decided: September 15, 1966.
COMMONWEALTH EX REL. GLENN
Appeal from order of County Court of Philadelphia, Dec. T., 1965, No. 5352, in case of Commonwealth ex rel. Ann Glenn v. Robert S. Glenn.
Eugene John Lewis, for appellant.
Sadie T. M. Alexander, for appellee.
Ervin, P. J., Wright, Watkins, Montgomery, Jacobs, Hoffman, and Spaulding, JJ. Opinion by Wright, J. Hoffman, J., would affirm on the opinion of the court below.
[ 208 Pa. Super. Page 207]
This is an appeal by Robert S. Glenn from an order of the County Court of Philadelphia, entered January 19, 1966, requiring him to pay to his wife, Ann Glenn, the sum of $60.00 per week for the support of their three children, Robert born May 7, 1950, Sandra born August 22, 1954, and James born October 11, 1956. We are not concerned with the amount of the order. The issue before us is whether any order should have been entered under the circumstances.
The question raised by this appeal is one which has been presented with increasing frequency. It is thus stated in appellant's brief: "Can a husband who is living with his wife and children be charged with neglect when he furnishes food, pays rent, utilities and telephone, medical and dental bills and contributes to the clothing and personal needs of his children." Counsel for appellee states the question to be whether there was "sufficient evidence produced to support the finding of the court below that there was failure to support".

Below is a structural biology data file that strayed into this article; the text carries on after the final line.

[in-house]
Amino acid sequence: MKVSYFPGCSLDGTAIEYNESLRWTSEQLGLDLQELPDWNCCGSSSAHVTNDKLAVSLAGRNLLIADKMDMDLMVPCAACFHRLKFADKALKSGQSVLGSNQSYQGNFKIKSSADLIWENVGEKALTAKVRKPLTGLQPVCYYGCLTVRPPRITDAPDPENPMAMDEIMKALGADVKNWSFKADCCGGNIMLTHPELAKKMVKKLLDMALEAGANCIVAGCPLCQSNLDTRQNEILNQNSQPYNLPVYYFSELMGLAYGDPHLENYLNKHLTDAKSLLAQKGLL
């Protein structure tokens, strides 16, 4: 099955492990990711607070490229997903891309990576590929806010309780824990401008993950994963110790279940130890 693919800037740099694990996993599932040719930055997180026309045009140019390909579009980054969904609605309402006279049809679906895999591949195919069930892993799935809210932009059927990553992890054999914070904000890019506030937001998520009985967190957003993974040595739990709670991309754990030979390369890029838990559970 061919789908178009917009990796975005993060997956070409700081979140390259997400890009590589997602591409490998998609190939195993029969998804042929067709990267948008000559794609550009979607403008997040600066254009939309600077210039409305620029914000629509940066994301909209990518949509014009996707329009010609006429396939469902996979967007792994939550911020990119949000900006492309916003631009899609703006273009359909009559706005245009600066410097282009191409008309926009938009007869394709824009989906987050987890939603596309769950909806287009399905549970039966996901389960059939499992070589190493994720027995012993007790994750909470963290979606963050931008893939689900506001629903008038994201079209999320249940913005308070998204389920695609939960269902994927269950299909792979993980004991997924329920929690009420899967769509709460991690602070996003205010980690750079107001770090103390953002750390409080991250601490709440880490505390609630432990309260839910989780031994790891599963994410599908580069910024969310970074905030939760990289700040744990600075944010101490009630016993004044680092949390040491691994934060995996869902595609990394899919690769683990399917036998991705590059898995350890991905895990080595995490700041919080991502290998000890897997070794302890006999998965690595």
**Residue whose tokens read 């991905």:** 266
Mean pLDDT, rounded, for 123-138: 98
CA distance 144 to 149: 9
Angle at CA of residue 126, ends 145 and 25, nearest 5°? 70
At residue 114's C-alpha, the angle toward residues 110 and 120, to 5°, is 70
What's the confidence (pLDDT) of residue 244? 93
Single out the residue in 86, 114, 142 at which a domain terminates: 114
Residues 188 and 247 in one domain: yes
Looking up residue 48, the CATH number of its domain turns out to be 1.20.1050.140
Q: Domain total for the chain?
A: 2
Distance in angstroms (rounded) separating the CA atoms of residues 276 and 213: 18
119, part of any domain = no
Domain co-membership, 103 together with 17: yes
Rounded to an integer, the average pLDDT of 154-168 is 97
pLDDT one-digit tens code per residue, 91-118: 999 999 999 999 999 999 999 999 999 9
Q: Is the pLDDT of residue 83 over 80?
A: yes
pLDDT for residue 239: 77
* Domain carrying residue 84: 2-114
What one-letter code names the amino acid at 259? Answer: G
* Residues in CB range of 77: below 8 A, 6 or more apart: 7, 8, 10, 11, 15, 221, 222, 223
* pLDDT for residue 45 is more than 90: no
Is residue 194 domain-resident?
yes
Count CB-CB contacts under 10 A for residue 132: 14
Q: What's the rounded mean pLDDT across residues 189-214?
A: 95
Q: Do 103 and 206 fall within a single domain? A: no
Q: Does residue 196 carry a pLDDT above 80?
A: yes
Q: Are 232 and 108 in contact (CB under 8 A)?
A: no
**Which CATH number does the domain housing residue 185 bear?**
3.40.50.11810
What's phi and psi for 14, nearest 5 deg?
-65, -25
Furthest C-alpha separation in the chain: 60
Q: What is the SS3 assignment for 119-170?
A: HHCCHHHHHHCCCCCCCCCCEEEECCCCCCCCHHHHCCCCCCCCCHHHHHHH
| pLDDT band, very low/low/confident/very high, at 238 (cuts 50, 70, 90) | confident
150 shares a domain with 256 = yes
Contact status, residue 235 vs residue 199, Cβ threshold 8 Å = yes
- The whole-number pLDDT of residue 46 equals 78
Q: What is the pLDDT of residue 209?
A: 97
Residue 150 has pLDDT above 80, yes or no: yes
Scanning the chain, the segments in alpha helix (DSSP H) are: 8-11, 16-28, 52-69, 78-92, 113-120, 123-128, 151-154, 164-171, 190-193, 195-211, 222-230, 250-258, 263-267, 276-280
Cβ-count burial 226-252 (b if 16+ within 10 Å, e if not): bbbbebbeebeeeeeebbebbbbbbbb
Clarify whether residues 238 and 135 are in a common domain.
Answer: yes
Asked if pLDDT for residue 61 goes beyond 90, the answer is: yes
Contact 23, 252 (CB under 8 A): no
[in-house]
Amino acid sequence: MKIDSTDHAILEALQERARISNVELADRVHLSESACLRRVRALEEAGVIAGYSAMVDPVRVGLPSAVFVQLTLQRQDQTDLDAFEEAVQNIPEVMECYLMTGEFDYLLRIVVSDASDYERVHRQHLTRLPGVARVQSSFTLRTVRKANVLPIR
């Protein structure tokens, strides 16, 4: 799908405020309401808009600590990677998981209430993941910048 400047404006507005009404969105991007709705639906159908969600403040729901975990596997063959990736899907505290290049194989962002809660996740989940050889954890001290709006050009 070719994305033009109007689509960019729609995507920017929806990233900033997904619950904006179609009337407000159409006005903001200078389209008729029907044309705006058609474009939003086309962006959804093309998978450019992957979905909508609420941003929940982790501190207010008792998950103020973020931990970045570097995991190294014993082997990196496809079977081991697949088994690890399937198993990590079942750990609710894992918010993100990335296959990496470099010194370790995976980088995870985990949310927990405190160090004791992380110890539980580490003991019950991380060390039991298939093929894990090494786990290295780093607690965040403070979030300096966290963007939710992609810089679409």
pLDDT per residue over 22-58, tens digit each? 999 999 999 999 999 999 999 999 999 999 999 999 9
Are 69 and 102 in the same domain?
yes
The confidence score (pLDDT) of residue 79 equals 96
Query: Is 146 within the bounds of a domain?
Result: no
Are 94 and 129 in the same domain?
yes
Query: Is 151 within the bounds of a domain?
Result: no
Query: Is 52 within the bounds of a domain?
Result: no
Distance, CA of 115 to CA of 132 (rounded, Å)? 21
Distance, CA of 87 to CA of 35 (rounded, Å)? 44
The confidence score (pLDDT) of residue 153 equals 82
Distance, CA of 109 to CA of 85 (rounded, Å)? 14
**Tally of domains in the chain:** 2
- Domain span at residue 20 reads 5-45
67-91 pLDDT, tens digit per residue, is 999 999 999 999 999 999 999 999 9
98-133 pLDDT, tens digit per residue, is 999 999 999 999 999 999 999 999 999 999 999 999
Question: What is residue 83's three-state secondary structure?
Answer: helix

[ 208 Pa. Super. Page 208]
Section 733 of The Penal Code*fn1 provides for the entry of a support order "If any husband or father, being within the limits of this Commonwealth separates himself from his wife or from his children or from wife and children without reasonable cause or neglects to maintain his wife or children". As stated in Commonwealth v. Peters, 178 Pa. Superior Ct. 82, 113 A.2d 327, a husband may be prosecuted under this section although there is no proof of desertion, provided there is neglect to maintain. However, it has not been our usual policy to sanction the entry of a support order where the parties are living together. In the words of Mr. Justice Patterson in Commonwealth v. George, 358 Pa. 118, 56 A.2d 228: "The arm of the court is not empowered to reach into the home and to determine the manner in which the earnings of a husband shall be expended where he has neither deserted his wife without cause nor neglected to support her and their children . . . The statute was never intended to constitute a court a sounding board for domestic financial disagreements, nor a board of arbitration to determine the extent to which a husband is required to recognize the budget suggested by the wife or her demands for control over the purse strings".
In its practical aspect, the issue is the extent to which we may go in regulating the financial affairs of a family living, eating and sleeping together. The entry of a support order was approved in Commonwealth ex rel. Turner v. Turner, 192 Pa. Superior Ct. 502, 161 A.2d 922, wherein the husband's only contribution to the table was a payment of $9.00 in a three-week period. His wife and child were compelled to eat their meals at the home of the wife's mother. On the other hand, in the subsequent case of Commonwealth ex rel. Hamilton v. Hamilton, 199 Pa. Superior Ct. 255, 184 A.2d